WWYD: Christmas Gift

(56 Posts)
tony61 Tue 03-Dec-13 12:30:51

Would appreciate your advice or ideas on the following…

… it’s a wwyd about giving child a gift for Christmas…

Background:
Husband and I had our second child earlier this year, after announcing birth etc to family and friends oldest (step) child (22) went "ape", saying dreadful things to their dad, very hurtful things eg feckless father, you have too many children already, shouldn’t be allowed more, you’ve abandoned your older children, only care about your new family, have never helped me or mum, Mums the best she’s done everything and been to everything (you get the general idea)!

So on the evening of our youngest child’s birth my husband was up at the hospital (with me) in tears.

Apparently this started off in the afternoon as a series of texts, and then husband called sc and tried to talk but was told all of the above, he said at the time he didn’t interrupt just listened and tried to discuss but no joy. Told child he loved them and was there for them. Attempted to call the following day but it was the same. There has been no reconciliation since, and my husband is reluctant to call as he doesn’t want to be abused again, he has said if his oldest child calls he will chat as if nothing ever happened (but that hasn’t happened yet). I do understand these feelings and thoughts are coming from somewhere, but I don’t pretend to know where.

Husband has always supported his child and their mum, has always been at the end of a telephone [and the week before they were chatting about changing jobs, new home etc (so on this occasion this all came out of the blue)]. Has attempted to get to; every event/occasion possible but we live 2 hours’ drive away so it hasn’t always been possible, but he certainly isn’t feckless or anything else that was said.

We had a similar falling out (several years ago) just before the birth of our first child and it took a year for father and child to be reconciled. SC had no interest in their new sibling on that occasion and hasn’t shown any towards their new sibling on this (but that’s something else).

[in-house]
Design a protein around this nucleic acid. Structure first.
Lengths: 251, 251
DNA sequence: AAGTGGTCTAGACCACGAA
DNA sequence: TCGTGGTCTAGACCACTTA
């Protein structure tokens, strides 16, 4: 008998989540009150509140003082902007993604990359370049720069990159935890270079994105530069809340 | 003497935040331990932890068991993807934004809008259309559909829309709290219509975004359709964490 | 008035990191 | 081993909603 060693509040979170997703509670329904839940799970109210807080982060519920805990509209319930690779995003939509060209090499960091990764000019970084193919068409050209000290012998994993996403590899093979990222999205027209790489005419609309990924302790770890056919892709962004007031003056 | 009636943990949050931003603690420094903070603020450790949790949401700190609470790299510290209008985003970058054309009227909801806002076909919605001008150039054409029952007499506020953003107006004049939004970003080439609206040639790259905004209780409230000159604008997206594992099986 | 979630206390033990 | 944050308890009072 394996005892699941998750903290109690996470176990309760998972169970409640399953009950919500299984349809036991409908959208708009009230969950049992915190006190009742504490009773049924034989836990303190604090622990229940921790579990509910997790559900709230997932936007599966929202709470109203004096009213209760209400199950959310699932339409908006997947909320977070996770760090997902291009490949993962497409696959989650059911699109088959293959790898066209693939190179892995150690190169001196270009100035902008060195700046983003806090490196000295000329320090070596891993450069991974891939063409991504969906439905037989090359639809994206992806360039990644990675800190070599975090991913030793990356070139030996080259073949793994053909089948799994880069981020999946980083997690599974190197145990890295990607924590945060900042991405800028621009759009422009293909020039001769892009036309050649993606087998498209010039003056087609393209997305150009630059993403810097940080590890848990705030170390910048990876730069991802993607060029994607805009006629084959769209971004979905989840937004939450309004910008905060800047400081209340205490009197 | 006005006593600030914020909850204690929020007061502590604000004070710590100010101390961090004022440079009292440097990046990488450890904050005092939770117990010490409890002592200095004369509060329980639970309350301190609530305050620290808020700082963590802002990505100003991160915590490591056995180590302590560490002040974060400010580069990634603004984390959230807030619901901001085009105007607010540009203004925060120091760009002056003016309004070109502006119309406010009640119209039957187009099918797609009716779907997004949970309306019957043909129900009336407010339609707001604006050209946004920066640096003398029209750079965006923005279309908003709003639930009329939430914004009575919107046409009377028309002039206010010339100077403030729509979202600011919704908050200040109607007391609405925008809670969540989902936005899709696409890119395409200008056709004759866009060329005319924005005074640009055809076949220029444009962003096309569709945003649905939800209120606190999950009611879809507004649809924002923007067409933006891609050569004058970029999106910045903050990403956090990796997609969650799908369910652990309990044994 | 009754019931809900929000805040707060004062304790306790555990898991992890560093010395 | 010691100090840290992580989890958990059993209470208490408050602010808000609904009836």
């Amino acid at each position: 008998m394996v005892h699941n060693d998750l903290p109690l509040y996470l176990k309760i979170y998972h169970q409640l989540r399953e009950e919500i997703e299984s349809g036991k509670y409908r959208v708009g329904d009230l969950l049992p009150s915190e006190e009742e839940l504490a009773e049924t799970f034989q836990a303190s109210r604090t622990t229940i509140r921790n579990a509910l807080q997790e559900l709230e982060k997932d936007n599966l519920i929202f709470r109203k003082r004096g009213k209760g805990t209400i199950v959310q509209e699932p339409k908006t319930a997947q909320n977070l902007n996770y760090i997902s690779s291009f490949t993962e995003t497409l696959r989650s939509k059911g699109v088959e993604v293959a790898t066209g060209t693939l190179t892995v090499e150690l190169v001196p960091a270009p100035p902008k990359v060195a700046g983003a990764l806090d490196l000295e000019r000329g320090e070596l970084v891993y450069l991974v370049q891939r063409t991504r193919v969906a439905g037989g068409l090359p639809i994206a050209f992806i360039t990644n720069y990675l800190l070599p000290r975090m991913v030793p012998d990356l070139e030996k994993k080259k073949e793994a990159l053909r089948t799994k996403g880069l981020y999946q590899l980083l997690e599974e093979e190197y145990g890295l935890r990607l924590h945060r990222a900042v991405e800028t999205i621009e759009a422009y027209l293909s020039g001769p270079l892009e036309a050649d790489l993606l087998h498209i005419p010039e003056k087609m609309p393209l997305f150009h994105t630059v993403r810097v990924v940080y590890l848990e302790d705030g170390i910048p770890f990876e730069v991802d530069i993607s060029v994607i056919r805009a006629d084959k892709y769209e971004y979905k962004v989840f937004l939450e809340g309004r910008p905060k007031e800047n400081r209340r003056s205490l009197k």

So with Christmas a couple of weeks away husband and I are working out what presents we’re getting for family etc, but we really don’t know what to do for oldest sc. My heart says to send a gift but my head says, you can’t hate someone else and their family (me and the kids) but still say Ill happily expect/ take your gift!!

But I think if we don’t send a gift they would take it very personally, but I feel are there not consequences for saying hateful things to people. I appreciate that things were said in the heat of the moment and I’m sure some will say my husband should call, but I think he feels it’s happened twice now and actually on the birth of our second child what was supposed to be a joyful occasion ended in tears.

So if anyone has gone through this, please any ideas would be useful, I was thinking of a token gift (possibly from their siblings but not sure). Just wondering whether to go with head or heart...

Head is a small token gift
Heart is a sum of money

Maybe83 Sat 07-Dec-13 19:43:04

If this was one of your adult children of your relationship who was upset regarding aspects of there child hood when they grow up what would you do? Would you buy them a token Christmas gift because you didn't like there behaviour?

If the answer is yes then you have done the right thing if not then I would rethink.

eightandthreequarters Sat 07-Dec-13 01:28:32

Just to be clear, it's not that I think your ideas on gifts are wrong. It's just that it's not your problem to solve. If I were you, I'd be quite happy not to hear from SC again at all - her behaviour was unacceptable and it's distressing to have someone wishing your children were never born on the night of their birth.

SC is an adult with her own home now and your DH needs to decide for himself what kind of relationship to pursue with her. You don't have to be involved at this point, so save yourself the bother!